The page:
In addition to his once-fervent love for poetry, Anders used to be so energized and passionate that he acted with recklessness. When he was younger, he “deliberately” crashed his “father's car into a tree,” and got into trouble at an “antiwar rally,” where he had “his ribs kicked in by three policemen.” It seems that in Anders’s youth, his emotions were so overwhelming that he needed to seek outlets for their expression, like fighting for a different world, or acting dangerously.
After this list of unrecalled past experiences ends, Wolff finishes the story with the one scene Anders does remember, which gives Anders the ability to return, indefinitely, to the innocence of his childhood. When Anders is first shot, the bullet starts “a crackling chain” of “neurotransmissions,” which prompts him to remember a specific “summer afternoon” that has long been “lost to memory.” This nostalgic memory of a childhood baseball game occurs “under the mediation of brain time,” allowing Anders plenty of time to “contemplate the scene” and get absorbed in his past.
Before the baseball game begins, a neighborhood boy, Coyle, brings his cousin to the field. Coyle’s cousin asks to play shortstop because it is “the best position they is.” Anders, struck by the words, wants to hear the phrase again. Although he does not ask the boy to repeat the words, Anders repeatedly recites “them to himself,” a harbinger of the innocent appreciation he will have for poetry later in life. Still, as this innocent memory continues to play out, the bullet is still traveling in Anders’s brain, and it “won't be outrun forever.” But before then, “Anders can still make time.” His recollection of this childhood scene gives Anders time “to smack his sweat-blackened mitt and softly chant,” like poetry, “they is, they is, they is.”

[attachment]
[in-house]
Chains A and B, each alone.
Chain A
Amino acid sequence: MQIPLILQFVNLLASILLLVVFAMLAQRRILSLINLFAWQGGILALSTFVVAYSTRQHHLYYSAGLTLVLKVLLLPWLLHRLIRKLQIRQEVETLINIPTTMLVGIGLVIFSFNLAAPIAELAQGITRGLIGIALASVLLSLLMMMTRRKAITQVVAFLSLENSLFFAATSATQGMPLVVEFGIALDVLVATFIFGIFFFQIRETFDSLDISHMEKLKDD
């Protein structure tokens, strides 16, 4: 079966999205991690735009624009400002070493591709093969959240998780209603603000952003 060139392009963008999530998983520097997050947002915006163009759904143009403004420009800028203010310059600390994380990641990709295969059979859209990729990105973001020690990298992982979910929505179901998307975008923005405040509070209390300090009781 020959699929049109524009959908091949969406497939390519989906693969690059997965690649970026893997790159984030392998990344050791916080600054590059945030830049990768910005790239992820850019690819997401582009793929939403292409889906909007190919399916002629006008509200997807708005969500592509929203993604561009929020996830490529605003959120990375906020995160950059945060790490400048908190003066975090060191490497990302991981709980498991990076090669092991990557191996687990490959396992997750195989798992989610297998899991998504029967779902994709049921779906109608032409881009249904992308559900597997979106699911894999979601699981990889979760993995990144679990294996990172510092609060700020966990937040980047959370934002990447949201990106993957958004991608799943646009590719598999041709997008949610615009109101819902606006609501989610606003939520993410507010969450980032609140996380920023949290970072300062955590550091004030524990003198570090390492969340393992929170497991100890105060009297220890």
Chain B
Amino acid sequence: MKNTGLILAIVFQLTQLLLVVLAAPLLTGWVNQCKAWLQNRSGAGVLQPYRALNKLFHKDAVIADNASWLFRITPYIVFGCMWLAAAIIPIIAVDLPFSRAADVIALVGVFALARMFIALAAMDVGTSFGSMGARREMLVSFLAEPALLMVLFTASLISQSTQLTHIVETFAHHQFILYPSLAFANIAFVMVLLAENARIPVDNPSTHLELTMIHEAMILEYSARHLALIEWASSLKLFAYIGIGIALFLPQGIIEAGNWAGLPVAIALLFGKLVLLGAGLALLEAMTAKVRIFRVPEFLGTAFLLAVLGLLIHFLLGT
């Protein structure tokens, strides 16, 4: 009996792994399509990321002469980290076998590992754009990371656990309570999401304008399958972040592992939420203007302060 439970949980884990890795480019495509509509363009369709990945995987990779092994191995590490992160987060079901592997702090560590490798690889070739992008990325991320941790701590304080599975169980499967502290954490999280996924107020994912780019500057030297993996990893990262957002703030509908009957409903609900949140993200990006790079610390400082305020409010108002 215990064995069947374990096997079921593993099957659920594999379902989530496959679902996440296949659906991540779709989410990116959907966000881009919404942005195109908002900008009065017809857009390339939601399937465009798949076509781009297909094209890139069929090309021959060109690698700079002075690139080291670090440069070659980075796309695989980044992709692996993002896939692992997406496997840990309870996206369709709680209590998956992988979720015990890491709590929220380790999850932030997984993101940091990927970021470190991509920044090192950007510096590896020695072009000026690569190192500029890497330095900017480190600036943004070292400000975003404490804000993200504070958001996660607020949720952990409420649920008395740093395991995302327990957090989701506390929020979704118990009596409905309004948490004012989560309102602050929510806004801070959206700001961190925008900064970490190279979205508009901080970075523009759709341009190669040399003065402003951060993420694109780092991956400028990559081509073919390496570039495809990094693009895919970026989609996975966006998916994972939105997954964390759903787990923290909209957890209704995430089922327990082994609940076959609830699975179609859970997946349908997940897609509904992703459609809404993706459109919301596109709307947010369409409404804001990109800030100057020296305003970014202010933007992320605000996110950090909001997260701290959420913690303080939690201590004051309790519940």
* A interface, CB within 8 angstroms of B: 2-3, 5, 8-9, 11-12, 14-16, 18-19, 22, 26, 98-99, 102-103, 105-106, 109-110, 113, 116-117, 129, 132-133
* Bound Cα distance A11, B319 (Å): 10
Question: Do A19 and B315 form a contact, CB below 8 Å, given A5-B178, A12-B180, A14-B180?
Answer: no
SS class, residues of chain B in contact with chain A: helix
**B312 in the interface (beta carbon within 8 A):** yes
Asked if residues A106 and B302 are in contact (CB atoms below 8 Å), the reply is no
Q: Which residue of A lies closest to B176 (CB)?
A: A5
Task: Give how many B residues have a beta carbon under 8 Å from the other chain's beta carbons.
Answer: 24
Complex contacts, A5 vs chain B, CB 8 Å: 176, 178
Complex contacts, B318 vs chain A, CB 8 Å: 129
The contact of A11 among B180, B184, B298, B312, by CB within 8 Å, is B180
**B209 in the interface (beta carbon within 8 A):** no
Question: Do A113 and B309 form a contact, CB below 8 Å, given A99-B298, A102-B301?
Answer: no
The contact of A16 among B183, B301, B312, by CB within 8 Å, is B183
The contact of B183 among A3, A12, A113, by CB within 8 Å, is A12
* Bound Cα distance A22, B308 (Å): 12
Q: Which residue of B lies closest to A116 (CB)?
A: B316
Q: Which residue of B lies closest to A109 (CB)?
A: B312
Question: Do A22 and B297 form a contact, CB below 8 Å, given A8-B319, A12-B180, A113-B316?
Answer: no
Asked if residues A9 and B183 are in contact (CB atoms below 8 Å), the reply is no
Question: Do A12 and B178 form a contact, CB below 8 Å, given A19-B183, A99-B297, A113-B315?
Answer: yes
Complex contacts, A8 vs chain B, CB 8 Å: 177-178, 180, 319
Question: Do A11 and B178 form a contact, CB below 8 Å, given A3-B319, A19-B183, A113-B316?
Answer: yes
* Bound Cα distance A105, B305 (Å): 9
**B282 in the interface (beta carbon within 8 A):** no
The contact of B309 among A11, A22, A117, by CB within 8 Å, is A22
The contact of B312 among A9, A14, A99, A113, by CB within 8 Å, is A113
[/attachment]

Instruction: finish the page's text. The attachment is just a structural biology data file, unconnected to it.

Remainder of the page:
By listing a series of memories and characters from Anders’s past, Wolff provides readers with the trajectory of Anders’s personality, illustrating how he turns from an emotional, passionate young man into a discontented adult. Anders’s final memory, a scene from a childhood baseball game, delays his death and returns him to his innocent days of wonder. Wolff seems to indicate that through nostalgic memory, innocence can still be regained, even if it is too late to completely save one’s life.
Nostalgia and Innocence ThemeTracker
Nostalgia and Innocence Quotes in Bullet in the Brain
He did not remember Professor Josephs telling his class how Athenian prisoners in Sicily had been released if they could recite Aeschylus, and then reciting Aeschylus himself, right there, in the Greek. Anders did not remember how his eyes had burned at those sounds.
“Shortstop,” the boy says. “Short's the best position they is.” Anders turns and looks at him. He wants to hear Coyle's cousin repeat what he's just said, though he knows better than to ask. The others will think he's being a jerk, ragging the kid for his grammar. But that isn't it, not at all-it's that Anders is strangely roused, elated, by those final two words, their pure unexpectedness and their music.
But for now Anders can still make time. Time for the shadows to lengthen on the grass, time for the tethered dog to bark at the flying ball, time for the boy in right field to smack his sweat-blackened mitt and softly chant, They is, they is, they is.